Monthly Archives: July 2011

Some Highlights from Pulse 2011

Hopefully if your were in Melbourne last week you made it to the IBM Pulse 2011 conference at the Crown Promenade.  It was a great success and with 850 attendees, the facilities were packed, especially the main hall. My highlights?   Well apart from visiting the IBM developerWorks stand and getting a free IBM floppy disk T-Shirt…

Spot the differences

As a child I used to love the spot the difference cartoon in the Sunday paper.You usually had 10 differences to circle… and I could never find the last one.Look carefully at the two machines below.  Can you spot the differences? It’s an XIV Generation 2 on the left and an XIV Gen3 on the right.

Brocade SAN Switch Models

IBM has been selling IBM branded Brocade switches since 2001 when we announced the 8-port 2109-S08 and 16-port 2109-S16.   These were classic switches that ran at 1 Gbps. They had a front operator panel with a small keypad (a feature which in the rush to fit in more SFPs, did not appear in future

Kangaroo Hops with Brocade

Posted on July 18, 2011 by avandewerdt (image care of If you have Brocade fibre channel switches in your SAN, you need to be aware of the method which Brocade use to manage firmware releases.   All  4 and 8 Gbps Brocade SAN switches use a Linux based firmware which Brocade call Fabric Operating System or FOS.   Updates

A Farewell to Singapore

Just a quick post as I am leaving Singapore to return to Melbourne, I thought I would share two more photos with you. No trip to Singapore is complete without a visit to the Merlion, the mythical creature who acts as a mascot for Singapore.  The fish body represents Singapore’s origin as a fishing village when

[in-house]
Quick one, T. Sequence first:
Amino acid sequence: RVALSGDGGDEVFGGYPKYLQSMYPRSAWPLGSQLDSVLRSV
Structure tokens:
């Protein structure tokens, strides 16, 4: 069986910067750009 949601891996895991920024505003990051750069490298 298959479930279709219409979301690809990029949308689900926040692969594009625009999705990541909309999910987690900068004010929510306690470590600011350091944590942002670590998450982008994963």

Nehalem and XIV Gen-3

XIV Gen 3 modules are built on a new generation of Intel microprocessors based on theNehalem micro-architecture. Nehalem is the most profound architecture change that Intel has introduced in the 21st century.  Some of the key changes and their benefits are: Integrated memory controller: The memory controller now sits on the same silicon die as the

A brief history of XIV

Today IBM is announcing a new member of the XIV family, which we are calling XIV Gen3.   I thought I would give a brief history of how we got here before I get too carried away with details. What was Generation 1 of the XIV? In 2002 an Israeli startup began work on a

How can I test Storwize V7000 Node Canister failure?

I have received this question several times, so it’s clearly something people are interested in. The Storwize V7000 has two controllers known as node canisters. It’s an active/active storage controller, in that both node canisters are processing I/O at any time and any volume can be happily accessed via either node canister. The question then gets

A tale of three cities

I think this picture speaks for itself:   Three XIVs.  Three cities.  Three way iSCSI. All the mirror connections were created in seconds using drag and drop in the XIV GUI.I can now take a volume in one city and mirror it to another. And yes…. IBM Australia now has a demo XIV in each

Seven reasons to adopt Storage Virtualization

Over at they recently published an article entitled Six reasons to adopt storage virtualisation.   You can find the article here.     The six given reasons are: Storage virtualisation reduces complexity Storage virtualisation makes it easier to allocate storage Better disaster recovery Better tiered storage Virtual storage improves server virtualisation Virtual storage lets you take advantage of advanced virtualisation